I woke up in the middle of the night Saturday with a stomach ache and couldn't get back to sleep. As I lay on my side trying to will myself to unconsciousness, the image of great fluttering kites popped into my unquiet mind. Neat stitches secured the silky kite paper to the wooden frames in a neat cross, and the kites were all strung together on one long line, fluttering briskly above energetic ocean waves. I felt their freedom above the earth, their leashed power held only by a single thread.
So I went downstairs to the dining room table, which has become my craft area, and picked up a wool-covered stone, my canvas of choice lately. Japanese yuzen paper became the kites on the flat gray sky, and the fabric-like paper tacked easily to wool and stone. Single strands of embroidery floss suggested the waves and a lone cloud. Somehow at that moment it became a necessity to make these dream images real, to embody them in cotton and wool and stone, as if speaking aloud the words of a long-forgotten poem.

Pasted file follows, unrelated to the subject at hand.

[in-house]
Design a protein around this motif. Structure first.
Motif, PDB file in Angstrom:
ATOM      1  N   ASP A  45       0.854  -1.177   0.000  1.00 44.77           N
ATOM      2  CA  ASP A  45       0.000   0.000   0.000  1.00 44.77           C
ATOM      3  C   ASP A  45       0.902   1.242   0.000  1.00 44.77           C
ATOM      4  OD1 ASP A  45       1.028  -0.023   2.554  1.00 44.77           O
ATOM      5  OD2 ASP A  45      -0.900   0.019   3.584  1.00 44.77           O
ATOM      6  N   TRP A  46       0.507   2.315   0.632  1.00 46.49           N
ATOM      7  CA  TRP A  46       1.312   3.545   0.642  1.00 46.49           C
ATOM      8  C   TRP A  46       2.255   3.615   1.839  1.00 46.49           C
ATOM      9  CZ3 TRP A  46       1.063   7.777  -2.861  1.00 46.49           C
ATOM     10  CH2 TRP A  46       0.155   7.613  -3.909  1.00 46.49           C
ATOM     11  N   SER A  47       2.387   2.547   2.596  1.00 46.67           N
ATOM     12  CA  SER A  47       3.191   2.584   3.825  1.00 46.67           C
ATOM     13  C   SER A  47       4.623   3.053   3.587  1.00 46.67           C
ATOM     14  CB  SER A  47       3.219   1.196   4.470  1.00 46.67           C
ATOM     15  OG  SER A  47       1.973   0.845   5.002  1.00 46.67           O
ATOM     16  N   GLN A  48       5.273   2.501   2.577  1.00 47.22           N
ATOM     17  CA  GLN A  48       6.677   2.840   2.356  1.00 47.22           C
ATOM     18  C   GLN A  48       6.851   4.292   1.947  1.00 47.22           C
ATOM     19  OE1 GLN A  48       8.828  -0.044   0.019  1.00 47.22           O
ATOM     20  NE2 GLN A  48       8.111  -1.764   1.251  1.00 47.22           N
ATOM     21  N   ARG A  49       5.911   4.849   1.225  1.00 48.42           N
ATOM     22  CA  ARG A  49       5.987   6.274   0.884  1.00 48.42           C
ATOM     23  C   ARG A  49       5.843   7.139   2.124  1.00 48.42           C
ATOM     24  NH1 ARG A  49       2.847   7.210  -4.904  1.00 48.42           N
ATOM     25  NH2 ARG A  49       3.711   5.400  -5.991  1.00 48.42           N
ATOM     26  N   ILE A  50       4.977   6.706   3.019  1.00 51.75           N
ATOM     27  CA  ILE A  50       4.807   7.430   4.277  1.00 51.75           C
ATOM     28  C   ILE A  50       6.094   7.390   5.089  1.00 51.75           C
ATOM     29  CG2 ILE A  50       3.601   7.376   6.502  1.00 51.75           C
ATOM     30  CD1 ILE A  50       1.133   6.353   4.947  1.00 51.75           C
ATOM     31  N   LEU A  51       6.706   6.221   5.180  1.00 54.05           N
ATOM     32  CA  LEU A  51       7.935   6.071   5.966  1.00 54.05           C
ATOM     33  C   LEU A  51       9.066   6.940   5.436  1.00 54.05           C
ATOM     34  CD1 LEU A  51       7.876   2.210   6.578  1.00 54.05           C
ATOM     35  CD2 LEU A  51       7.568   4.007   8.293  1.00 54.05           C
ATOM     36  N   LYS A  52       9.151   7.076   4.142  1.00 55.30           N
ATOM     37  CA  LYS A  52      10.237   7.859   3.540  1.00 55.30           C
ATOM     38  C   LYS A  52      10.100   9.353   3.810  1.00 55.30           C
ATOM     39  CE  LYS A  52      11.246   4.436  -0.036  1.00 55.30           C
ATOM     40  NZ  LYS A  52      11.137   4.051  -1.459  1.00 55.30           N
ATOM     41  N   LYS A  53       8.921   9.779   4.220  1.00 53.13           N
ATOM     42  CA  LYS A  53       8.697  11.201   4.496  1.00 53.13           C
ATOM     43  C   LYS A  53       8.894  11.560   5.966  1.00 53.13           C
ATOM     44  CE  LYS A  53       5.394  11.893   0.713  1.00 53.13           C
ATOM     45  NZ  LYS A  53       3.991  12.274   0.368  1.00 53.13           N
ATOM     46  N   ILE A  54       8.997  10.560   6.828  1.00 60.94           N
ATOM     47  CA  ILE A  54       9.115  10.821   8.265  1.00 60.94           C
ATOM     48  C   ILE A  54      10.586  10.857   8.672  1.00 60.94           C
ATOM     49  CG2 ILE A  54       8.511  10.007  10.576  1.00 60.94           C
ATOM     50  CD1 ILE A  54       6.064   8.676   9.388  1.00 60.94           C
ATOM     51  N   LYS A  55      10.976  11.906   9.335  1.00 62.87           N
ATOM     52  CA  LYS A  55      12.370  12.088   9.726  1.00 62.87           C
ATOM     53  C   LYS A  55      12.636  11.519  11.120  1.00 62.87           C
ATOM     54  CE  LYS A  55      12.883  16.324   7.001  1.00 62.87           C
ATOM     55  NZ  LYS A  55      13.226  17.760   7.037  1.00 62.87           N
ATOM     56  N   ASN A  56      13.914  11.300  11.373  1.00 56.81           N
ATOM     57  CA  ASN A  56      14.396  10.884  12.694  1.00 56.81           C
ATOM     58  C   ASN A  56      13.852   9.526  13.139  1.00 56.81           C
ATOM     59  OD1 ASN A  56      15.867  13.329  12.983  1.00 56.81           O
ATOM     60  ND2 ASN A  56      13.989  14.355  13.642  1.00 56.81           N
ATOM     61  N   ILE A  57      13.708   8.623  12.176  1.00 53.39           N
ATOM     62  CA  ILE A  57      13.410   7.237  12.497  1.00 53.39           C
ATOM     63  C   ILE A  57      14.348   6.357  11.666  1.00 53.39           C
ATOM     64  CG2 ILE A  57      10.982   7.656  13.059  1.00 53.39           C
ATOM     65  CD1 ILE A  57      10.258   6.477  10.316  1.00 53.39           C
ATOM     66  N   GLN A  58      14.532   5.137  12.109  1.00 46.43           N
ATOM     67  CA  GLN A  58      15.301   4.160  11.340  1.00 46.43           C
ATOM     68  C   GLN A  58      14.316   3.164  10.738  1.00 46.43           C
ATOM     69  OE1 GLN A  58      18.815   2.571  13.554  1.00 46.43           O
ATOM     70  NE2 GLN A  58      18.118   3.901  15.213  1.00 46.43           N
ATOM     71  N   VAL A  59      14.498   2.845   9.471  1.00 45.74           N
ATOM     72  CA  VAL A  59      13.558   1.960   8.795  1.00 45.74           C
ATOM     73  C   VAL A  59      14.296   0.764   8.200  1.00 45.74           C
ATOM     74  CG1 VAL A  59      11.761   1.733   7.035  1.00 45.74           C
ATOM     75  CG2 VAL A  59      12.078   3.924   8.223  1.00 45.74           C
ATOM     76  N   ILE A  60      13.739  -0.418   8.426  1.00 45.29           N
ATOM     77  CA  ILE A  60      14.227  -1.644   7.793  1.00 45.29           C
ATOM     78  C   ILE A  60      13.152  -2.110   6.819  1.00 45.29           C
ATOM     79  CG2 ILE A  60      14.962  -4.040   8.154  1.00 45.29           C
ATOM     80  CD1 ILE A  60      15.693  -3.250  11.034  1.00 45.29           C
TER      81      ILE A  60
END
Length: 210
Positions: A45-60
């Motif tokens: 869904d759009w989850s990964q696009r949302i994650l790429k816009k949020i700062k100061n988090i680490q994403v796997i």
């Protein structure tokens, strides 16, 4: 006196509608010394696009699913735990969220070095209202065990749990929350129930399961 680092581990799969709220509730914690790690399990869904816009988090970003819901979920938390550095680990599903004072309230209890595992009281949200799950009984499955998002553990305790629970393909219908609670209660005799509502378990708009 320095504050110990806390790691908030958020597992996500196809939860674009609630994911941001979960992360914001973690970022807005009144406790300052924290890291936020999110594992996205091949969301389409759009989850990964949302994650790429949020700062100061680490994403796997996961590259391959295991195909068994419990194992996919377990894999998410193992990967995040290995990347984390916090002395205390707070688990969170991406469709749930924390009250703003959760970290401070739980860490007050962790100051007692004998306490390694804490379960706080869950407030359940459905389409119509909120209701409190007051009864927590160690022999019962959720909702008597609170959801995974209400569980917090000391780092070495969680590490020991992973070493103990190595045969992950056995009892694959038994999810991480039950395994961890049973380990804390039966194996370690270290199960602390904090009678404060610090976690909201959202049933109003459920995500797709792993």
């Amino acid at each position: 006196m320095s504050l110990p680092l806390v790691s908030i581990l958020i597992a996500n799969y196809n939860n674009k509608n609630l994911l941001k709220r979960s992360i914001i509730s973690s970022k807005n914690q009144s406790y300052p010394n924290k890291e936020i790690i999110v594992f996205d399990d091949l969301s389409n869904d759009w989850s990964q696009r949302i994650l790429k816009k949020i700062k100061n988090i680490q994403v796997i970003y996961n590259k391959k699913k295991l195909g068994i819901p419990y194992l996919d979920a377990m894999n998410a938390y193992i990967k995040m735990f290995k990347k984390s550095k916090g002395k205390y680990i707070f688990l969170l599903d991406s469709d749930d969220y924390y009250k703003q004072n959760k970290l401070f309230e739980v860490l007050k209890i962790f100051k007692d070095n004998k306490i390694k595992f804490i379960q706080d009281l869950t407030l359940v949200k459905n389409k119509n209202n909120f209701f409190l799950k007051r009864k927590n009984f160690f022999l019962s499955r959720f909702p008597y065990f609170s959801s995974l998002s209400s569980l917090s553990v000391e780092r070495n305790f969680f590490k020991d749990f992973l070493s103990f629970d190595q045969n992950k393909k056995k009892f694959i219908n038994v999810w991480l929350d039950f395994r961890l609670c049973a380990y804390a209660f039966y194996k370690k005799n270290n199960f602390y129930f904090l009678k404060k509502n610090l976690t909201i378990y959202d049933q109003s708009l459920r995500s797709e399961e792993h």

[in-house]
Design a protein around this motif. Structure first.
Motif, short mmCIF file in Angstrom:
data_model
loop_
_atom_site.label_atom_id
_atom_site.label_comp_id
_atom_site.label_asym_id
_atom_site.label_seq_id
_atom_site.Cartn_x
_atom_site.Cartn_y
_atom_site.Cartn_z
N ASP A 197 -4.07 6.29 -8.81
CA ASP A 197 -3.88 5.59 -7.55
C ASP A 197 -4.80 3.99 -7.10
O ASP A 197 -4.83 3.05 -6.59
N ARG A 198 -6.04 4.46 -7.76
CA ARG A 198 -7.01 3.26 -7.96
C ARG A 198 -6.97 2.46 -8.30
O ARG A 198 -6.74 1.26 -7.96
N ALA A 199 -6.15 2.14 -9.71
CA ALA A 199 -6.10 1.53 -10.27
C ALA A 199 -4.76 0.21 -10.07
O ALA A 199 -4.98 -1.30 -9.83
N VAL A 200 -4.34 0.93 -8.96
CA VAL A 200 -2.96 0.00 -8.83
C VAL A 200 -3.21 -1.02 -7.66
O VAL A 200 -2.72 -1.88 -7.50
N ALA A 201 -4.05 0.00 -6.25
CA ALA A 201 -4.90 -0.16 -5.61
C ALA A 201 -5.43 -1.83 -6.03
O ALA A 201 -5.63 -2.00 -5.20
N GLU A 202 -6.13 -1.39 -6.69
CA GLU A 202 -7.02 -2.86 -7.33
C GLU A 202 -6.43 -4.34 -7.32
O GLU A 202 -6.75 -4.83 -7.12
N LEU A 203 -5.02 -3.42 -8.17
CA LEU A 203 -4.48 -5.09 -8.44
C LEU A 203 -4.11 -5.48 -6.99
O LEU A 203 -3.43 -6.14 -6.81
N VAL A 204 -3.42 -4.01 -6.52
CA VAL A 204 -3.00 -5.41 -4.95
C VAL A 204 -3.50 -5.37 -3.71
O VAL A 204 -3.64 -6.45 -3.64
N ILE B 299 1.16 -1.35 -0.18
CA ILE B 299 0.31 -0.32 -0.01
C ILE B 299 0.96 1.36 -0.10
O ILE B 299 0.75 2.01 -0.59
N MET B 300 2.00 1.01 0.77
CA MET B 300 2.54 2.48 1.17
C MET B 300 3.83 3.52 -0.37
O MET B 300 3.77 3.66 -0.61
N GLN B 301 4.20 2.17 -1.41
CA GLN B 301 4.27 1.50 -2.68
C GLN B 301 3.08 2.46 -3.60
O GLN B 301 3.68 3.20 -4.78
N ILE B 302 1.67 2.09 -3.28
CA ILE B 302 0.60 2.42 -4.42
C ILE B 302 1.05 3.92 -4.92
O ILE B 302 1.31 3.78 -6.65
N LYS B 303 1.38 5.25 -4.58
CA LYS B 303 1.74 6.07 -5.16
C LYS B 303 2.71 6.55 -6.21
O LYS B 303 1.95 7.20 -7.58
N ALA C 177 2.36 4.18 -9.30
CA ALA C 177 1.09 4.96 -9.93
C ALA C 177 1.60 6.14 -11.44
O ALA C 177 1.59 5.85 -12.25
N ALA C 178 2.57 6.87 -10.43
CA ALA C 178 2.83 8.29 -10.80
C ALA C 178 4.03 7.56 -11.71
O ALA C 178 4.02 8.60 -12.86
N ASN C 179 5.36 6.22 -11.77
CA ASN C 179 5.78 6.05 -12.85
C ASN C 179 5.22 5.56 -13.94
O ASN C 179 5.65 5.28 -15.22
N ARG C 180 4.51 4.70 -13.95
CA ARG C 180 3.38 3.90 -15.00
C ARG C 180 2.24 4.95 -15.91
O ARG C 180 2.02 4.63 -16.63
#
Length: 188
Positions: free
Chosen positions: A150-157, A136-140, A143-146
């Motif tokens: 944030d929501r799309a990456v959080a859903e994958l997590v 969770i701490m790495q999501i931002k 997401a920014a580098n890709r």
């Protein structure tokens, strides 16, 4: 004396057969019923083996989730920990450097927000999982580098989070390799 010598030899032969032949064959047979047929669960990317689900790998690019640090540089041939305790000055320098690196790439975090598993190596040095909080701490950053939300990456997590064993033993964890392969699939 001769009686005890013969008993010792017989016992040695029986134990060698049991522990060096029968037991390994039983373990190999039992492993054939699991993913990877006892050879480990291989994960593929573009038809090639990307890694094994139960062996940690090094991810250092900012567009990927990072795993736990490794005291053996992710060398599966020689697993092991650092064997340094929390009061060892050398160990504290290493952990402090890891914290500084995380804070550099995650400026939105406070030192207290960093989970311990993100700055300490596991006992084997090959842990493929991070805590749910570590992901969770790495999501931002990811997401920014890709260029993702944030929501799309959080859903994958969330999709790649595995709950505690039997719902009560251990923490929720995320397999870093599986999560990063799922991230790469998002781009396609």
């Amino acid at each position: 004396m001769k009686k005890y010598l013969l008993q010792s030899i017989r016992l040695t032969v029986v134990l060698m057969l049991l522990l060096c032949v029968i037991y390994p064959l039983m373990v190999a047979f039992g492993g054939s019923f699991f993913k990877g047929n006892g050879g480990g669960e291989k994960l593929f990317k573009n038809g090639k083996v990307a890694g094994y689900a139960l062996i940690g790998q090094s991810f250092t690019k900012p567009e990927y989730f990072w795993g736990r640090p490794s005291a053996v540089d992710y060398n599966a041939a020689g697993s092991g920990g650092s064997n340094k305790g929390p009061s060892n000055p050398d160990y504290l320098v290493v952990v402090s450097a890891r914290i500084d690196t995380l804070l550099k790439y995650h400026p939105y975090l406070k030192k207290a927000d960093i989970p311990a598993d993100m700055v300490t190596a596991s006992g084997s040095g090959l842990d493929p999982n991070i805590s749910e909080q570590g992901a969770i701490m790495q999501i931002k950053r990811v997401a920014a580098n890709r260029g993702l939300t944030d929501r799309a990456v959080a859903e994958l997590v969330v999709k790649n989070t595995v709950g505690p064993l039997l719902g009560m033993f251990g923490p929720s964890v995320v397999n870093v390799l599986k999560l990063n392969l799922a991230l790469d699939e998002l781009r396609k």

So, gentle readers--if there are any of you left out there--bear with me. I may be doing a sort of data dump of covered stone love on the blog for however long this ride lasts. I am trying out new stitches and combining different materials, feeling my way to a stitched vocabulary that is distinctly my own. I will continue to donate the results of my covered stone explorations to the Haiti by Hand Etsy shop, where you can find this Rock Paper Scissors Stone listed soon.